Over half of the world’s inhabitants live in cities, and urbanization marches on. Cities account for 70% of carbon emissions and generate more than 80% of global GDP. In cities, problems tend to multiply, but they are also important testbeds, and multipliers, of solutions. As centers of both political and corporate power, cities can lead the climate transition.
These are some reasons why WWF created the One Planet City Challenge (OPCC). Through it we help local governments slash their carbon emissions.
WWF’s One Planet City Challenge (OPCC) in short:
It’s a friendly competition to mobilize cities to deliver on the Paris Agreement.
We aim to support and celebrate 100 cities with action plans for 1.5 °C by 2020. The world is yearning for transformational leadership to discover how the transition can be done.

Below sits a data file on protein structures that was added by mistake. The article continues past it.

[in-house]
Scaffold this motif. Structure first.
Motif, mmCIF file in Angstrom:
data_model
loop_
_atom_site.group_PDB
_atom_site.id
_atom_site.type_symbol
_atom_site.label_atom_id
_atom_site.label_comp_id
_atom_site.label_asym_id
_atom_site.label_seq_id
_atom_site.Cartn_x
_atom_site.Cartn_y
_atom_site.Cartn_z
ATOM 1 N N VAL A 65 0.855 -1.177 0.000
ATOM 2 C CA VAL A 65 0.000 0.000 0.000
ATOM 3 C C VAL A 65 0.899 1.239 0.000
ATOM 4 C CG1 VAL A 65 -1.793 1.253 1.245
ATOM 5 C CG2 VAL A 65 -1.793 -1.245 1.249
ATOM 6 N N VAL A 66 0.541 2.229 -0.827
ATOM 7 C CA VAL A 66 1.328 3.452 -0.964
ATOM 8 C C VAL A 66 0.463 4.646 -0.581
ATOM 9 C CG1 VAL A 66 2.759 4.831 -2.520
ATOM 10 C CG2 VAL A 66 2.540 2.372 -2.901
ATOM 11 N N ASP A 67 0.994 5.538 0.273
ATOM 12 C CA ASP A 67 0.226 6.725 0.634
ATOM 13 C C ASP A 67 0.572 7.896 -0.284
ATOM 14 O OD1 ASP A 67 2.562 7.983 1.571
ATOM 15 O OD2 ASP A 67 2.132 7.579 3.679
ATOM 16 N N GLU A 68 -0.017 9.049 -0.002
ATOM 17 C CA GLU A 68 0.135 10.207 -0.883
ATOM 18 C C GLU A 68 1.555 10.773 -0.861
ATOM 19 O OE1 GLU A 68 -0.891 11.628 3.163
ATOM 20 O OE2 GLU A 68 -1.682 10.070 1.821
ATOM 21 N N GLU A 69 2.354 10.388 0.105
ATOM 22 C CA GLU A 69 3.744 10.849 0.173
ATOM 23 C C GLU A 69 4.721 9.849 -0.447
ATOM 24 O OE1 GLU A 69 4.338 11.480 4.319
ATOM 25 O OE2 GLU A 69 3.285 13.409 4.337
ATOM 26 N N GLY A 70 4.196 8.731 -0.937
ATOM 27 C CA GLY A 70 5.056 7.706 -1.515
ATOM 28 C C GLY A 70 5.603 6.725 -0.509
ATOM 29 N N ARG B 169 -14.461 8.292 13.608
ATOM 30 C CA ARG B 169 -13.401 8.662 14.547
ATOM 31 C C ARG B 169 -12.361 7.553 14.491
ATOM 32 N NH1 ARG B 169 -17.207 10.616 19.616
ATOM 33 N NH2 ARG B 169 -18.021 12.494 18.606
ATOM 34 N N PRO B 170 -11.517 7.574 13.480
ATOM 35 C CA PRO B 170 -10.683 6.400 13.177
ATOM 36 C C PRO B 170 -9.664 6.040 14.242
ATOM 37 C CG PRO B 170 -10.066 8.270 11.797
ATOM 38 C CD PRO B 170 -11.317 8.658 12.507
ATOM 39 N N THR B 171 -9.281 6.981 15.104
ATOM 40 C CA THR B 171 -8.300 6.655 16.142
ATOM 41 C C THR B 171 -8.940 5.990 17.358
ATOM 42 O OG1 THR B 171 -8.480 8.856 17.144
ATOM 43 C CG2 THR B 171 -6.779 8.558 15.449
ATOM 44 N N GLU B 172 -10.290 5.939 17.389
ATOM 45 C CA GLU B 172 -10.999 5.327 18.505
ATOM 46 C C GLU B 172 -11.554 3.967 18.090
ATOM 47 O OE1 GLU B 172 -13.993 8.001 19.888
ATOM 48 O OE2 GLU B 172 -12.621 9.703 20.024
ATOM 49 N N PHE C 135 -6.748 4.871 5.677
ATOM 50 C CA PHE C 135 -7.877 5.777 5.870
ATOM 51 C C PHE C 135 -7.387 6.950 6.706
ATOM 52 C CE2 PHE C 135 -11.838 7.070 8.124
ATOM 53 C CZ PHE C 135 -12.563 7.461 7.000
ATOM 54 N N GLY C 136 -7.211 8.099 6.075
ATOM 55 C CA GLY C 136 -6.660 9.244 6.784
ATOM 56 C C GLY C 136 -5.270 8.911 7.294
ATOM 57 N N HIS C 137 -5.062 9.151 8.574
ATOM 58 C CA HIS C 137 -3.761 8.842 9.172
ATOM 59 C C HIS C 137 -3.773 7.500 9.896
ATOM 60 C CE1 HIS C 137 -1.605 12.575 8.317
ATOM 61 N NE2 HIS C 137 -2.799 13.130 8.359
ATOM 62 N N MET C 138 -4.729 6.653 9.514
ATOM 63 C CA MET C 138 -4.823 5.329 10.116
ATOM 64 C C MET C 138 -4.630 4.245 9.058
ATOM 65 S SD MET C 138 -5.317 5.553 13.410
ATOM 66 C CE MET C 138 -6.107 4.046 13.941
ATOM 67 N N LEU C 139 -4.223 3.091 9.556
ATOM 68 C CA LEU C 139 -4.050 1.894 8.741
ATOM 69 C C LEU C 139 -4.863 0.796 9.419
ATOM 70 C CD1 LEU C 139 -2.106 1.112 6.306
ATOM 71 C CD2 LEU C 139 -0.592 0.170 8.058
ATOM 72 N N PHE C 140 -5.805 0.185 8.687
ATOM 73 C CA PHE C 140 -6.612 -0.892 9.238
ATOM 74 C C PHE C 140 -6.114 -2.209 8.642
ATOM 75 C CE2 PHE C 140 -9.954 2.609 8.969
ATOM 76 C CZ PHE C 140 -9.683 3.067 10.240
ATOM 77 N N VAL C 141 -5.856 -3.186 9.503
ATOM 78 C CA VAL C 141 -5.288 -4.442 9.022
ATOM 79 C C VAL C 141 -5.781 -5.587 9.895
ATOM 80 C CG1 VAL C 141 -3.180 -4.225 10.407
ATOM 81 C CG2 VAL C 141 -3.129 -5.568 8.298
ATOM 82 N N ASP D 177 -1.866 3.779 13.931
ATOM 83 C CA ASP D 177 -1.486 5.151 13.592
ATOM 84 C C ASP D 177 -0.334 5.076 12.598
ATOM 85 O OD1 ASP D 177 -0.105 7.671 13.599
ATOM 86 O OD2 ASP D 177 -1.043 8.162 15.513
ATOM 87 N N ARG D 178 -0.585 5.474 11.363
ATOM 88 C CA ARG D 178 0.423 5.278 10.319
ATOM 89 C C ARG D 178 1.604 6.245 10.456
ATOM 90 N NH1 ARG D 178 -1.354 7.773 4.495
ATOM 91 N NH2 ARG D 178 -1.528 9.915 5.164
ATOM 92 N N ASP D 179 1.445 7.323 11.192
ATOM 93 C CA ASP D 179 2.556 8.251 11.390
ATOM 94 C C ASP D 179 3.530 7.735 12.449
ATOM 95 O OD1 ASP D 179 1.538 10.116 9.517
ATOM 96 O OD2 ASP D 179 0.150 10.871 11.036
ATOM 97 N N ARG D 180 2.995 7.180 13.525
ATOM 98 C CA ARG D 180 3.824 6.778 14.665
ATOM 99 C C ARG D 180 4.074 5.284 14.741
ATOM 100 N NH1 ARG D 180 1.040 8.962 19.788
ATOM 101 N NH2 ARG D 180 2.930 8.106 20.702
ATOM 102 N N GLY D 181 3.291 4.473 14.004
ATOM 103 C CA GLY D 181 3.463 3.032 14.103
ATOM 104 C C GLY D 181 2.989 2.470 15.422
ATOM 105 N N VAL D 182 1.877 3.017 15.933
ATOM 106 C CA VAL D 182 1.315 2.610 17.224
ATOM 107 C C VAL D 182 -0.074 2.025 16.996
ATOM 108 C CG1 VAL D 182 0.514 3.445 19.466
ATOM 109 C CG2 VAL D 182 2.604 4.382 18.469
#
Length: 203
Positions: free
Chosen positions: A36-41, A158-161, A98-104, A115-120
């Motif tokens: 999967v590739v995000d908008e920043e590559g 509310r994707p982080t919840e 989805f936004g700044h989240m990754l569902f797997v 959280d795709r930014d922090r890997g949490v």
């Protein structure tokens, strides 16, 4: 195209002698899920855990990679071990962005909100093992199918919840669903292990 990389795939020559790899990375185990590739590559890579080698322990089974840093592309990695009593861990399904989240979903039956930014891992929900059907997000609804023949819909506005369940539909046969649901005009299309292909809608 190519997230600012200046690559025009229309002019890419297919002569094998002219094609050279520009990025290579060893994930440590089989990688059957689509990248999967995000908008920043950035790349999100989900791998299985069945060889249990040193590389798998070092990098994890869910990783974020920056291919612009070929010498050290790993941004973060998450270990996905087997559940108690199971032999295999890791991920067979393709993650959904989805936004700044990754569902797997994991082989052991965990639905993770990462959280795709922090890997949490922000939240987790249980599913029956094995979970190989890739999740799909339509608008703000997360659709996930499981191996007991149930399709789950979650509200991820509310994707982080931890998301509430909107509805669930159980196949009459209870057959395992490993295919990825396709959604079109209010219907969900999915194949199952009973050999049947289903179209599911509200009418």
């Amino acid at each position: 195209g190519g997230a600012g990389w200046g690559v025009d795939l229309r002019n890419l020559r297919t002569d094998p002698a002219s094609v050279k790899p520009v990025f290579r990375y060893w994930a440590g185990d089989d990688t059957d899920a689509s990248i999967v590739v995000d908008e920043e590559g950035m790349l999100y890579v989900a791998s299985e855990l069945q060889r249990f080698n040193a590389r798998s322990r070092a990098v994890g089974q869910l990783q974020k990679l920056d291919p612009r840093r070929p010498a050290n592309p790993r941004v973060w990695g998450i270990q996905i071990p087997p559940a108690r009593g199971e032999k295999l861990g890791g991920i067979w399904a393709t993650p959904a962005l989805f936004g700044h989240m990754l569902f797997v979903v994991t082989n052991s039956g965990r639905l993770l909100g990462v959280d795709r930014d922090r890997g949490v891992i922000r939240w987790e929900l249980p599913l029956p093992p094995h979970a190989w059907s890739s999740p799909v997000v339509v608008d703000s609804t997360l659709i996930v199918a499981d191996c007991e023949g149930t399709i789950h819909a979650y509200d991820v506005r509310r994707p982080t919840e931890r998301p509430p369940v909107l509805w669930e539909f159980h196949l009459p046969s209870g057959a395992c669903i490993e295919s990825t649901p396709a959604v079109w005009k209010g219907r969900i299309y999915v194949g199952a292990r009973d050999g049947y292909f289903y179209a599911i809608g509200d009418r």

OPCC is the largest and longest running competition of its kind. More than 400 cities on 5 continents have participated at least once.
Participants have already raised ambitions in global reporting initiatives by reporting more than 5,700 actions with a total of 3.9Gt GHG emissions reduction potential by 2050.
With the OPCC’s new unique and expert-verified methodology, we have integrated IPCC data from the Special Report on Global Warming of 1.5 °C.
Participating cities will report emissions, goals and targets on standardized reporting platforms.
The participants’ data will then be assessed and compared to the emission reduction trajectories recommended for their type, in order to limit global warming to 1.5 °C.
We then guide cities to the most impactful actions they can take to cut their emissions and align with 1.5°C
Winning cities should develop best practice and be strategic in their climate mitigation and adaptation plans.
The updated OPCC runs in collaboration with city networks such as the Global Covenant of Mayors, ICLEI, C40 and CDP.